Urogynecology, Pelvic Reconstruction & Pelvic Floor Disorders
With a division devoted entirely to female pelvic medicine, Einstein’s specially trained urogynecologists, physicians, nurses and physical therapists offer compassionate and comprehensive treatment for patients with conditions specifically affecting the pelvic region – including pelvic organ prolapse, pelvic floor disorders, incontinence and pelvic pain.
Our team of caring and compassionate experts offer the latest diagnostic and treatment options for a full range of issues that occur in the pelvic region. Pelvic floor disorders in people are characterized by:
- Urine leakage upon laughing or coughing
- Constant need to go to the bathroom
- Pain during intercourse
In many cases, symptoms occur after childbirth, as a result of muscles, nerves, ligaments and connective tissues that fail to adequately support the pelvic organs. Pelvic region issues are very common - and correctable - but often go untreated until after menopause.
Einstein's team of experienced urologists will look to find the root cause of the issue. Sometimes, it's a matter of changing diet or limiting caffeine intake. In other instances, medication will ease symptoms. In some cases, surgery may be recommended.
If surgery is necessary, Einstein's urogynecology staff includes expert physicians who specialize in robot-assisted, minimally-invasive surgery. The benefits include:
- Small incisions
- Faster healing
- Less discomfort
Common pelvic floor disorders include:
Pelvic organ prolapse occurs when pelvic organs drop below their normal position in the body. This descent is often caused by childbirth, and it can result in painful pelvic pressure, difficulty with urination or bowel movements, urinary incontinence and a bulge near the opening of the vagina. Treatments include:
- Physical therapy to strengthen the muscles of the pelvis
- Placement of a removable ring that supports the vagina
- Vaginal or abdominal surgery to treat dropped or bulging pelvic organs
Constant or intermittent pain or discomfort below the naval and between the hips can be life-altering and stop you from enjoying daily activities. It may be sharp, dull or crampy, and is typically associated with urinary symptoms, bowel symptoms, pain during sex, disorders of the reproductive organs and pelvic muscle spasms.
While causes of pelvic pain may vary, Einstein’s team of experts in female pelvic medicine are specially trained to find the cause of your pain using the latest diagnostic tools and offer a full range of personalized treatments.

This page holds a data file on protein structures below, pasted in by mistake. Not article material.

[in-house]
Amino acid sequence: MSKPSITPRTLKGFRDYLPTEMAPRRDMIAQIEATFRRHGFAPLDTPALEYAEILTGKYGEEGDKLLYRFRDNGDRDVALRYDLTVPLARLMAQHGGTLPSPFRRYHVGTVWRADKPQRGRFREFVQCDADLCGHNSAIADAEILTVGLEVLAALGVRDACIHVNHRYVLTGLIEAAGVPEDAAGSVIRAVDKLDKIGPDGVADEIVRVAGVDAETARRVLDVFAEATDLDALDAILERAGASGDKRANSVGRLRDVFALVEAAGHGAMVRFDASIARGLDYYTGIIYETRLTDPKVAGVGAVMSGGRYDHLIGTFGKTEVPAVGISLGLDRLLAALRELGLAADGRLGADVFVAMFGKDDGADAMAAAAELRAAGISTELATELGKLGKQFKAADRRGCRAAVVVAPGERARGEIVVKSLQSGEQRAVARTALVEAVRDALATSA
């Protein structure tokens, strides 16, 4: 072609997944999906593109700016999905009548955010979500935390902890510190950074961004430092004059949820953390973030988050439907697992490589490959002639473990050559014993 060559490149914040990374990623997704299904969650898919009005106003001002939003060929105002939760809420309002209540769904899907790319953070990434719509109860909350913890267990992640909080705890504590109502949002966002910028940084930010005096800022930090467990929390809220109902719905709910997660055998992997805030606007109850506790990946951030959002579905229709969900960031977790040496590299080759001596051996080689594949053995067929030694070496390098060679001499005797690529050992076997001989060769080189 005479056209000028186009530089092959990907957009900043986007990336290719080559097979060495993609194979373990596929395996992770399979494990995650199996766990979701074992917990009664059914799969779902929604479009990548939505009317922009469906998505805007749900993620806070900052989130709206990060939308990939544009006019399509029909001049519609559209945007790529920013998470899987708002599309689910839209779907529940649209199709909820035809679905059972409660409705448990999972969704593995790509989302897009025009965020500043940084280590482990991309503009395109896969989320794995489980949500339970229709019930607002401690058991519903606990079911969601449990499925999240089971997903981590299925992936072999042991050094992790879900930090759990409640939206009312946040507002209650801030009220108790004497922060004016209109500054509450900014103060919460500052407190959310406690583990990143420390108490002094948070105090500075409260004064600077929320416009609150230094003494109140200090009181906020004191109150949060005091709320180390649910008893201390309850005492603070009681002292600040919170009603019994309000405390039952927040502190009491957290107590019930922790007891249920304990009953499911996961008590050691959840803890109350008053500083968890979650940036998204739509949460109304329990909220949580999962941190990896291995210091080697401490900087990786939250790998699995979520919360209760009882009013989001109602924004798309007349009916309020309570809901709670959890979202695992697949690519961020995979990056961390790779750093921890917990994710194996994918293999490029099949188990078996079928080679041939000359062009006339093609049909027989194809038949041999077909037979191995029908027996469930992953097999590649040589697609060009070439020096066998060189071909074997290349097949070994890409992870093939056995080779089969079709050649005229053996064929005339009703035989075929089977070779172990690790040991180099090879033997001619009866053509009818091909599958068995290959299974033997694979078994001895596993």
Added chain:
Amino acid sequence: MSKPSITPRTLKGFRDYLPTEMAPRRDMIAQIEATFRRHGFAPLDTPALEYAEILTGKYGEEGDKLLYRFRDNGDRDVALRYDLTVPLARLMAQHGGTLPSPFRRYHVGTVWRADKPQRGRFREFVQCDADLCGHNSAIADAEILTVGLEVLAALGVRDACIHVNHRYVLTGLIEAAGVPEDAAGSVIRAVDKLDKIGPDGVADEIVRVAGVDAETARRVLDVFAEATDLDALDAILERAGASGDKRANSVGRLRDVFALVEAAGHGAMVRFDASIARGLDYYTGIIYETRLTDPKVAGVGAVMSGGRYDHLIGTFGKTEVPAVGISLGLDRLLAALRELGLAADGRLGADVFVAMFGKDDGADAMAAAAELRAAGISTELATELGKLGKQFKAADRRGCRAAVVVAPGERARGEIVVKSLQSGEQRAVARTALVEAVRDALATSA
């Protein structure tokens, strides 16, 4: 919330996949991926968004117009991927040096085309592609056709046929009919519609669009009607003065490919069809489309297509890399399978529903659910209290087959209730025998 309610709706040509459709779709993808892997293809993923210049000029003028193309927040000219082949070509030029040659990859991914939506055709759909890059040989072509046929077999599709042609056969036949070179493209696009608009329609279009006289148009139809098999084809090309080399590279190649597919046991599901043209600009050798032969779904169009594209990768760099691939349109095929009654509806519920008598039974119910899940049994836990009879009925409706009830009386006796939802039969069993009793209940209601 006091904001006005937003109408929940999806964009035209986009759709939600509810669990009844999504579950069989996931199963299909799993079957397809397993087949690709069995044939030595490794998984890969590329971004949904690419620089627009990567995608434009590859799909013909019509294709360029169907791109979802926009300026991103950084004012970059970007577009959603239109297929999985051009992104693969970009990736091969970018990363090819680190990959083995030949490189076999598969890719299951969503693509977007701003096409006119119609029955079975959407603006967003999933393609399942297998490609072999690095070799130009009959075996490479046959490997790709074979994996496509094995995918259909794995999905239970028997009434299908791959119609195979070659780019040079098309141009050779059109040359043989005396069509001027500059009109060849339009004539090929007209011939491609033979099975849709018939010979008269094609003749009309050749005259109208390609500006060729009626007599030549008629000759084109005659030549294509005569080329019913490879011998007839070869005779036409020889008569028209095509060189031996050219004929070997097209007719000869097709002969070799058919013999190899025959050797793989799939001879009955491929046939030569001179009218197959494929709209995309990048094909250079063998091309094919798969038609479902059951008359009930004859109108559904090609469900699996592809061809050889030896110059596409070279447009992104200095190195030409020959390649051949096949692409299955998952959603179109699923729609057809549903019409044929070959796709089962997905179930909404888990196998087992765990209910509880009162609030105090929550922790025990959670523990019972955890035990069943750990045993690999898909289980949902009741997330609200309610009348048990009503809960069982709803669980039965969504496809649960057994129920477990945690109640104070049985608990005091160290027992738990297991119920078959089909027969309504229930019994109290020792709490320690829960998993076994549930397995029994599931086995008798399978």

One out of seven women has overactive bladder, one out of three experiences urinary leakage, and one in eight will undergo treatment for urinary leakage or vaginal prolapse at some point in her lifetime. The involuntary leakage of urine may be caused by either stress or a sudden urge to urinate.
Also known as bowel or fecal incontinence, this condition is characterized by the loss of control over gas, liquid or solid bowel movements. Where more common in older patients, the cause of anal incontinence may stem from childbirth issues, irritable bowel syndrome, nerve damage or constipation-related issues.
Depending on the causes and the severity of the case, Einstein’s urogynecologists may recommend a variety of treatment options, including:
In certain cases, injections of bulking materials or botulinum toxin (Botox) help reduce urine leakage.
Your physician may recommend simple lifestyle and diet changes to improve bladder function. Some recommendations include proper fluid intake, limited alcohol and caffeine, smoking cessation, exercise and even loose-fitting clothing.
A variety of medical devices, such as pessaries, catheter devices and other inserts may help by supporting or altering the position of the urethra and bladder to enhance control and prevent leakage in the vagina or urine channel.
A variety of medications calm overactive bladders or make it easier for some patients to completely void their bladders to prevent leakage.
Pelvic floor muscle, or Kegel exercises are effective ways to strengthen the bladder and pelvic muscles.
These may include:
- A thin strip of mesh called a synthetic sling, or a sling created from the woman’s own tissue is surgically placed beneath the urine channel to increase resistance to urine leakage
An electrical implant in the lower back that delivers electrical stimulation of the nerve that controls the bladder, known as sacral neuromodulation
Schedule an Appointment
If you are experiencing pelvic floor pain, urine leakage or any other symptoms of a pelvic floor disorder, make an appointment with one of our pelvic medicine specialists today.
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